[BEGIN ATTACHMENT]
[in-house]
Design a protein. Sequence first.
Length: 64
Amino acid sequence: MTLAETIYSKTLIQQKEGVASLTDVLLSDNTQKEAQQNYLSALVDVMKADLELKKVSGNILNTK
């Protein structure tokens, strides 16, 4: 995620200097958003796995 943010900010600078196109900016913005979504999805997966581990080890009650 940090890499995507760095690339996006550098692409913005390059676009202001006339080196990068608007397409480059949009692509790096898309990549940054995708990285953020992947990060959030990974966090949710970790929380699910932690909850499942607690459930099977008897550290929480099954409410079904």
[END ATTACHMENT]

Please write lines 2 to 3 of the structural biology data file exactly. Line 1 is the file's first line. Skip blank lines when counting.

Design a protein. Sequence first.
Length: 64